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A type of immune cell called a CD8 T cell, which usually kills disease-causing agents, has been found instead to suppress self-reactive immune cells, thereby offering protection against an autoimmune disease in mice.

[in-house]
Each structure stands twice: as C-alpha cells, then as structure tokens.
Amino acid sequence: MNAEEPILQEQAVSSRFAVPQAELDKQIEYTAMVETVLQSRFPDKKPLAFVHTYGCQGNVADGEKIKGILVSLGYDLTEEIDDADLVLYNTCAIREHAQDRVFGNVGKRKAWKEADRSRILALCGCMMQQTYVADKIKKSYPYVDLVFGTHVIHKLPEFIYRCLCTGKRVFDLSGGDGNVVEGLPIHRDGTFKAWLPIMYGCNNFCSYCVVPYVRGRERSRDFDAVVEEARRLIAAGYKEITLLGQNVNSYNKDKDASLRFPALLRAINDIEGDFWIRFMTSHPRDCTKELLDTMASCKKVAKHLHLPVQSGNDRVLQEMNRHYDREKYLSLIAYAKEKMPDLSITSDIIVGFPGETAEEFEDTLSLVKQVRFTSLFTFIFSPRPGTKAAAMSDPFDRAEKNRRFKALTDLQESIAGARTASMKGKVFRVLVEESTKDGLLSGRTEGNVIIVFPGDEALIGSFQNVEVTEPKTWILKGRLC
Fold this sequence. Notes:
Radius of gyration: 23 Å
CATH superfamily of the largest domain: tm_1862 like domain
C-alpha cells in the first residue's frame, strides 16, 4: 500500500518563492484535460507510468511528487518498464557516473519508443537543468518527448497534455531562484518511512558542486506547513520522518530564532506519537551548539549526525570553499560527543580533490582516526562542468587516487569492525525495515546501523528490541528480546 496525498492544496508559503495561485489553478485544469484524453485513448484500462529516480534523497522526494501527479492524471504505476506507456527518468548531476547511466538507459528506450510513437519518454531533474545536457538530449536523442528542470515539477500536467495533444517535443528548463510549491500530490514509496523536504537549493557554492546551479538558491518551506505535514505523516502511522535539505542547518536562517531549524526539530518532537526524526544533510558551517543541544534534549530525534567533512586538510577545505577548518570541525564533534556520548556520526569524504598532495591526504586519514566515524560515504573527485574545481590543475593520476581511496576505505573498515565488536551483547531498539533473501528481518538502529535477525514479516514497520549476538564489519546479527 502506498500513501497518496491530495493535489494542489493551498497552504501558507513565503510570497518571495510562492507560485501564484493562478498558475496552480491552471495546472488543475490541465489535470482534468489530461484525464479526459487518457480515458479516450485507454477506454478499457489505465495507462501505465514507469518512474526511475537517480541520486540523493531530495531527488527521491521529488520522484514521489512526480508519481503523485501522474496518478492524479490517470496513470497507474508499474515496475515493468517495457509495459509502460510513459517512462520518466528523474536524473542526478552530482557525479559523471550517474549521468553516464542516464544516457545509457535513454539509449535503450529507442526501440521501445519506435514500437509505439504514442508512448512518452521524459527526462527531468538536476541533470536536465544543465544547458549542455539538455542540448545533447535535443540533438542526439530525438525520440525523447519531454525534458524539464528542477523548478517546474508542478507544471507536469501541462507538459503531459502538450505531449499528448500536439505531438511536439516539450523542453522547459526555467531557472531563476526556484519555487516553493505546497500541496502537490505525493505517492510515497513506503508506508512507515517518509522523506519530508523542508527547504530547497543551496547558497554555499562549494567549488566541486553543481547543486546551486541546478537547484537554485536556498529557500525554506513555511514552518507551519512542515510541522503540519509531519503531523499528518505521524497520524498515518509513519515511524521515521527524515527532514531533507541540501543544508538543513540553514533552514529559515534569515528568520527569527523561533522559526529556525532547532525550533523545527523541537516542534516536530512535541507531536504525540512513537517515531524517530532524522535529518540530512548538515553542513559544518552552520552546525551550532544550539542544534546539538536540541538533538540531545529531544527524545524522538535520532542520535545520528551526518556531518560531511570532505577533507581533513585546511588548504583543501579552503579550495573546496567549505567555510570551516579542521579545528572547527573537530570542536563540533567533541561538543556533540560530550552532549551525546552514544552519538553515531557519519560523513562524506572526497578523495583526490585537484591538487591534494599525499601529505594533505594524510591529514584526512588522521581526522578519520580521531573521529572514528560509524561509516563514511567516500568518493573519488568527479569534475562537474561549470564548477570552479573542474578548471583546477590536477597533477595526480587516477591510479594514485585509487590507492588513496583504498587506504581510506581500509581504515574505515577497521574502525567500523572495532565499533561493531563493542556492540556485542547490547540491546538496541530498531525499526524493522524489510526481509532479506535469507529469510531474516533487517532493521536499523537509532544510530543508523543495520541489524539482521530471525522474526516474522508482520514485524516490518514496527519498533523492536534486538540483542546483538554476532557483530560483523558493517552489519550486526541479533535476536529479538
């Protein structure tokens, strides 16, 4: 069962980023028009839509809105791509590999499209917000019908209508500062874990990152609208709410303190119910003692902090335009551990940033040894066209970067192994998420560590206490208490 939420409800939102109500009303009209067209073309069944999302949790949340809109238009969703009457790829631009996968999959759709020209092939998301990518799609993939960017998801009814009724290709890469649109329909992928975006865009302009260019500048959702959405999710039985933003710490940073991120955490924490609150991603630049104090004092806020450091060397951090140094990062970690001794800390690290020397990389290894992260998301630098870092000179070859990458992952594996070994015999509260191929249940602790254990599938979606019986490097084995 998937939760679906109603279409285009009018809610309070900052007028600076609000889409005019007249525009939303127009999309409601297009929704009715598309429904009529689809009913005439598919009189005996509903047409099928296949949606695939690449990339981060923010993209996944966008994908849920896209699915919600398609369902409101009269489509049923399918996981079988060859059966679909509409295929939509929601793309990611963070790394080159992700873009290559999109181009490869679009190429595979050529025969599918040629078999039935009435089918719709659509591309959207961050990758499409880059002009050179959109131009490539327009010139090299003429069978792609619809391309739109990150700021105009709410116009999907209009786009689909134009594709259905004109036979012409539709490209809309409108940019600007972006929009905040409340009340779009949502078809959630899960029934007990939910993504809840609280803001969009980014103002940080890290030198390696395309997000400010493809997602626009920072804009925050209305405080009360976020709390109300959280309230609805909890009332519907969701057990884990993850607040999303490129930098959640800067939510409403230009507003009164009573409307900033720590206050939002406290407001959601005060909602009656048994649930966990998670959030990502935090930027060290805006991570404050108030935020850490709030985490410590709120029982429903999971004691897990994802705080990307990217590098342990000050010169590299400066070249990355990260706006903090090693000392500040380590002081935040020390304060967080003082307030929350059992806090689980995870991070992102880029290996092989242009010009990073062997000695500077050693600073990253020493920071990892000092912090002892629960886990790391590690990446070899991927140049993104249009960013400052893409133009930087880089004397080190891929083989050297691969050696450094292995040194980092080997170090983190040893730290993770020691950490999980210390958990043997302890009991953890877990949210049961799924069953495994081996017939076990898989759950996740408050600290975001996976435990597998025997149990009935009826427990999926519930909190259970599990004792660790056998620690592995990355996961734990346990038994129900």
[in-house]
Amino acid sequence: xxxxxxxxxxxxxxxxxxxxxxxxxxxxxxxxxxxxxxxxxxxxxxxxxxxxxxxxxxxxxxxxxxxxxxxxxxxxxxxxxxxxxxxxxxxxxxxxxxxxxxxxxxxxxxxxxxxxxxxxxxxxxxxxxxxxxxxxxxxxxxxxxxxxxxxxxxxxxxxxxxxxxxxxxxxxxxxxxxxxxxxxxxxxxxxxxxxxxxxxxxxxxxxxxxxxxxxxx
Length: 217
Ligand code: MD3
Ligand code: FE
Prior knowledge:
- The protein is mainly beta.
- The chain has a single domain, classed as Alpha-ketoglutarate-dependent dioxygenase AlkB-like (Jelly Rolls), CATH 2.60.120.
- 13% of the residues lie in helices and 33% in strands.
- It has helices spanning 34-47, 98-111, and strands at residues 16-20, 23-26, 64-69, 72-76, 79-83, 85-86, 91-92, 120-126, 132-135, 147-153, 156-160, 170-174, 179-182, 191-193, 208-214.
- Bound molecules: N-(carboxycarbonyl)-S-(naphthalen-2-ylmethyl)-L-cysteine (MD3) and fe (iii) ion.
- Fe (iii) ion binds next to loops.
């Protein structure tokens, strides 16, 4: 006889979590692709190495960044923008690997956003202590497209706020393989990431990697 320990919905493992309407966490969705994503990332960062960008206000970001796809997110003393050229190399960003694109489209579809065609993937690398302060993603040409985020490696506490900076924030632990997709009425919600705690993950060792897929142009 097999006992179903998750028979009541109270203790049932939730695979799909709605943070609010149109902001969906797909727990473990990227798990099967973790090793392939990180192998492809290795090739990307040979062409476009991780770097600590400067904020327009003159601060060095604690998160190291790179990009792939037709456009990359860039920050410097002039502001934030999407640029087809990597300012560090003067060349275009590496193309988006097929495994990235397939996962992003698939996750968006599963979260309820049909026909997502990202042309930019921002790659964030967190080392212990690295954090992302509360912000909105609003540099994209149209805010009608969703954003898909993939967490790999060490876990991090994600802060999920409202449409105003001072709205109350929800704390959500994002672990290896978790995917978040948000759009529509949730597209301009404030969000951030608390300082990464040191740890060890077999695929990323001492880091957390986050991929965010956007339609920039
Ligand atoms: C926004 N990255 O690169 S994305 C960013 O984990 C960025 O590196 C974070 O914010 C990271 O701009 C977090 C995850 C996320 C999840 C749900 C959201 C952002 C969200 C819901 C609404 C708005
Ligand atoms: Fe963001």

The immune system has evolved complex mechanisms that allow rapid and destructive responses to microbial intruders while sparing the host’s own tissues. Regulation of this delicate balance depends mainly on the immune system’s two major types of T cell, which are distinguished by the protein — either CD4 or CD8 — that is expressed on their surface. They are called CD4 T cells and CD8 T cells, respectively. The task of CD8 T cells has generally been assumed to be to kill cells infected with microbial invaders and to destroy foreign or abnormal cells. However, writing in Nature, Saligrama et al.1 report another role: CD8 T cells can inhibit self-reactive CD4 T cells and quell autoimmune disease in a mouse model of multiple sclerosis.